St. John Chrysostom said the same thing in a different way, “I do not believe in the salvation of anyone who does not try to save others."
‘My parish is my universe?’ or ‘The universe is my parish!’”
Our Church Fathers represented a truly ecumenical, universal and missionary spirit that we need to practice today. Why is it that so many of our local churches, and even our national leaders too often lack a vibrant worldwide vision and outreach? Why are we, as individuals, so weak in cultivating this universal spirit in our own spiritual journeys?
The answer is simple, because it is a problem that has plagued humanity since Adam and Eve. The ego. Our little ego continually limits our worldview, poisoning not only our perception of self, but corrupting our understanding of the Church and the world around us. Our spiritual journey becomes a self-centered pursuit for individual happiness, comfort, pleasure, and self-fulfillment – ideas completely foreign to the theology of the Great Fathers.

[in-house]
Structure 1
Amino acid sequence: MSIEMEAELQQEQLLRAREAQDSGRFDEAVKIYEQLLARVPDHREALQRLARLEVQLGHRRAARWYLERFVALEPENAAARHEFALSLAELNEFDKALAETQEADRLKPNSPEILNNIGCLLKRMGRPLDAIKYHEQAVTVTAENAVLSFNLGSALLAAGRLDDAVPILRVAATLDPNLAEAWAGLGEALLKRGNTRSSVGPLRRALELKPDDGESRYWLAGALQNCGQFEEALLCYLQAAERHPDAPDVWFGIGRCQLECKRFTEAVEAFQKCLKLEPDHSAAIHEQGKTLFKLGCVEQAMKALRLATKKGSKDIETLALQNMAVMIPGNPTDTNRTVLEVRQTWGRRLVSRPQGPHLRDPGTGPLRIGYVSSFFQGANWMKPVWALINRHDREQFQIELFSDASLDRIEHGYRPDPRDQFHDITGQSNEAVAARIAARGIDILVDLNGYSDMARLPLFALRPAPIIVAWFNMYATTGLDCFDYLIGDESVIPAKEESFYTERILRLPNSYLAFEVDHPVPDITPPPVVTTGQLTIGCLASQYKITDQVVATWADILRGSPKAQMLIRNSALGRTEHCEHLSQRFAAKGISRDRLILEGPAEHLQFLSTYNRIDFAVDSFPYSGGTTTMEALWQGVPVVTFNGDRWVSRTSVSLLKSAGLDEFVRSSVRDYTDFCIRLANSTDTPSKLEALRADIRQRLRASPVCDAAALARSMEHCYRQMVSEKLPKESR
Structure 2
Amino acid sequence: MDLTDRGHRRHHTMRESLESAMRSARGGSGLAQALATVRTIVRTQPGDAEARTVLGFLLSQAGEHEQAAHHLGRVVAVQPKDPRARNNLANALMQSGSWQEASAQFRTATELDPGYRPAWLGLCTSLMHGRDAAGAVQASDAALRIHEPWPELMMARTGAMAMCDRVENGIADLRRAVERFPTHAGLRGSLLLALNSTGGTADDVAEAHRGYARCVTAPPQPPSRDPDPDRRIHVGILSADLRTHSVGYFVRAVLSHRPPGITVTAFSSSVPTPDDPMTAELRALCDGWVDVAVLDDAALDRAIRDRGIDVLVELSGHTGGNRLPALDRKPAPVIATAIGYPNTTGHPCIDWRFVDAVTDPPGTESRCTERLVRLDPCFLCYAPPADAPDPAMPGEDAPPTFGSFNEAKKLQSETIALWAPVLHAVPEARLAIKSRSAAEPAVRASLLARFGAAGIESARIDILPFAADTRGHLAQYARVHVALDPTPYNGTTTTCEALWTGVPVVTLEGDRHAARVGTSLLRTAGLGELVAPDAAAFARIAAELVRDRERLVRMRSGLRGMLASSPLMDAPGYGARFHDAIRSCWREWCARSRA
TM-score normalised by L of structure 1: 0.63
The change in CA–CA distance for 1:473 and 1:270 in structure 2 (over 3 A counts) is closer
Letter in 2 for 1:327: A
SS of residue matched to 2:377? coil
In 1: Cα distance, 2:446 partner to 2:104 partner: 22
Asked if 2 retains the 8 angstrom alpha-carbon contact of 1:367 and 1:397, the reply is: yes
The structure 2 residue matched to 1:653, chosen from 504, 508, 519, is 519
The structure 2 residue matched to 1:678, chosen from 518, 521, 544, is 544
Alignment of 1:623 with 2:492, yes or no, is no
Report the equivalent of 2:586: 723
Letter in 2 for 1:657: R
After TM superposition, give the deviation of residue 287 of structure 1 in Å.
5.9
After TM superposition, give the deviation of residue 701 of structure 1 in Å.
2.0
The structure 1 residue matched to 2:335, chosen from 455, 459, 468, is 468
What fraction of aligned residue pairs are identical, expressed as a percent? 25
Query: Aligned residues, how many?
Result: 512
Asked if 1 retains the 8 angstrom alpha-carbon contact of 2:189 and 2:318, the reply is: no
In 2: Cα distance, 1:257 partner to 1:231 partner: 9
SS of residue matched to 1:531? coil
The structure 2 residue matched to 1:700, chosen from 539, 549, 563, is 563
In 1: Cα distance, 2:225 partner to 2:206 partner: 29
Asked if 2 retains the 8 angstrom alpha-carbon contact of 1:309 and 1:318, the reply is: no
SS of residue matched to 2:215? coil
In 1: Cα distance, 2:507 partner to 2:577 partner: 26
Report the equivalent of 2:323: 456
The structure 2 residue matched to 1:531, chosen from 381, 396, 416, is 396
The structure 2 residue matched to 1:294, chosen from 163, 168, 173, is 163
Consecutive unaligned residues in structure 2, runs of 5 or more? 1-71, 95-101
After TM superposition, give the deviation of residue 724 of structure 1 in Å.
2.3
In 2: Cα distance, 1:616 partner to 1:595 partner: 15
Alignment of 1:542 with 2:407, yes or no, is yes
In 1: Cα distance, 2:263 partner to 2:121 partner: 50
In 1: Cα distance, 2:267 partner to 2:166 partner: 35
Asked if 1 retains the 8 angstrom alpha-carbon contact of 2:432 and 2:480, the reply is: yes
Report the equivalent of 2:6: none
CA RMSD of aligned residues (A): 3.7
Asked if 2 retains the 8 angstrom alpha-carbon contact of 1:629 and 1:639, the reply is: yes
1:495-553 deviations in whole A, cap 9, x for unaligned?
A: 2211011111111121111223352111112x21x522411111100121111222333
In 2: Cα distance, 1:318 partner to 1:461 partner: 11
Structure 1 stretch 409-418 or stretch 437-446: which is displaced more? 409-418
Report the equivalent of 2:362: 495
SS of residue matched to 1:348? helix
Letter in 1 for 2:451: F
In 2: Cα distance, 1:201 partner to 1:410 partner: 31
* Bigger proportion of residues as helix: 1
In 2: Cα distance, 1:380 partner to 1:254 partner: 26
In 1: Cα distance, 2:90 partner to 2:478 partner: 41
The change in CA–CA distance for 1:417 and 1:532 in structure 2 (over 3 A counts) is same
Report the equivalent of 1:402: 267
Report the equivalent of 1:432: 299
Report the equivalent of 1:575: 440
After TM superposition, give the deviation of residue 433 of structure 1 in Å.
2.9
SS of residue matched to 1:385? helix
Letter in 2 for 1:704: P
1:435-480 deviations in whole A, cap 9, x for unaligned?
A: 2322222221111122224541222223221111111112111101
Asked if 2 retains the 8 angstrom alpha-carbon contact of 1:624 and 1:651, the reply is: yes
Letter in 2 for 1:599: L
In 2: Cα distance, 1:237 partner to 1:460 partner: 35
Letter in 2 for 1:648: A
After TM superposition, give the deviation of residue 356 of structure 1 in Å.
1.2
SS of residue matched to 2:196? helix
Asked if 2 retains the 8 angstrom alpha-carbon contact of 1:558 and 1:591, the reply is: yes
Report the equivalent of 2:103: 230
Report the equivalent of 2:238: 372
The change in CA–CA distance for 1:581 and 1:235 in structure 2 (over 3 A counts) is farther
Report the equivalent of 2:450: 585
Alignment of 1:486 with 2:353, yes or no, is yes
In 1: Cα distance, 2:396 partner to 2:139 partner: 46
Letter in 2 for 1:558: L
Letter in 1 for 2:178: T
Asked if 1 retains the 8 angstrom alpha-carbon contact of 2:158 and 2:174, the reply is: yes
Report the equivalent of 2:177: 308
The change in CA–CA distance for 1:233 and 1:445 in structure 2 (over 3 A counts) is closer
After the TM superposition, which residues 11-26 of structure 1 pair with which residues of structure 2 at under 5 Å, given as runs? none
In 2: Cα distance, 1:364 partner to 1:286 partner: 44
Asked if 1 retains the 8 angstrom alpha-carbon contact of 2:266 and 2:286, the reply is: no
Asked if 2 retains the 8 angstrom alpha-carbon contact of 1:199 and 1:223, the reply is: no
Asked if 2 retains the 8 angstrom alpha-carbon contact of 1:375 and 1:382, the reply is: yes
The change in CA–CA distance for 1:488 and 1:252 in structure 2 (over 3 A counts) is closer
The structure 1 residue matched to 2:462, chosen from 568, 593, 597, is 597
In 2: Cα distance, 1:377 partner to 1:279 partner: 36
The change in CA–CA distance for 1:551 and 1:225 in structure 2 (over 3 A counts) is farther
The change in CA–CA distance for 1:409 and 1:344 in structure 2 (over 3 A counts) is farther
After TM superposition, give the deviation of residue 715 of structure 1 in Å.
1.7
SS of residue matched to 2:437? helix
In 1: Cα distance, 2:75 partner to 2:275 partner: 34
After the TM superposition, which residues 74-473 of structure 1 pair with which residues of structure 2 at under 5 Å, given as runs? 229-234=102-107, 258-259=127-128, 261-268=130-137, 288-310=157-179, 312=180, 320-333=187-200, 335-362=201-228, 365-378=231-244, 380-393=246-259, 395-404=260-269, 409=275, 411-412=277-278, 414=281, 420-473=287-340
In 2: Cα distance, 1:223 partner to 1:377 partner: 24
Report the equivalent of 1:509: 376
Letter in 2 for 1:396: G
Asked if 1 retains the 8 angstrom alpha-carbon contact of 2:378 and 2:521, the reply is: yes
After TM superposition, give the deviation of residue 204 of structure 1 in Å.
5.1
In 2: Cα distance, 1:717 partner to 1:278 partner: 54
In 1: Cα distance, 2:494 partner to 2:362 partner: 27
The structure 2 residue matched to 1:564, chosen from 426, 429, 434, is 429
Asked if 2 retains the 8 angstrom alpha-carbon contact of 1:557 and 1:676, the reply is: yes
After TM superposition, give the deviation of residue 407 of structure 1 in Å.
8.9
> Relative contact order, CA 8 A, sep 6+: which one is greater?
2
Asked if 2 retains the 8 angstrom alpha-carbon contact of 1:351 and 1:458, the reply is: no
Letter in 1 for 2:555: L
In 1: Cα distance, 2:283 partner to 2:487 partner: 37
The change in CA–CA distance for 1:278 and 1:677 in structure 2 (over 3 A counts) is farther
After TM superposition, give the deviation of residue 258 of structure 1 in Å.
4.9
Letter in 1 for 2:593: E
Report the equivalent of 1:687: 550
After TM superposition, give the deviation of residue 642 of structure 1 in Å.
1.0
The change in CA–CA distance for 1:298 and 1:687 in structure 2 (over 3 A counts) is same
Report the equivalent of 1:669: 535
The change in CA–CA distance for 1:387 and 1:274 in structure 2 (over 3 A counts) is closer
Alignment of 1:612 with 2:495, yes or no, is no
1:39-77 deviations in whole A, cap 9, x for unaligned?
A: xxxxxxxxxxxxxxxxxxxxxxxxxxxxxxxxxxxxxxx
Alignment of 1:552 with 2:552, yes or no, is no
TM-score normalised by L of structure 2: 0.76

Even many of today’s Churches reject the universal vision and become nothing more than proud, closed, social clubs. For example, how many of our communities will spend countless hours and money to build beautiful buildings, recreation halls, and other such things. Some parishes will spend 95% of their church budget on themselves! Even if we are spending all our money on something good – like catechetical work, youth ministry, and beautification of a Church, we still have to ask ourselves, what percent of the Church’s money and time goes outside her own people?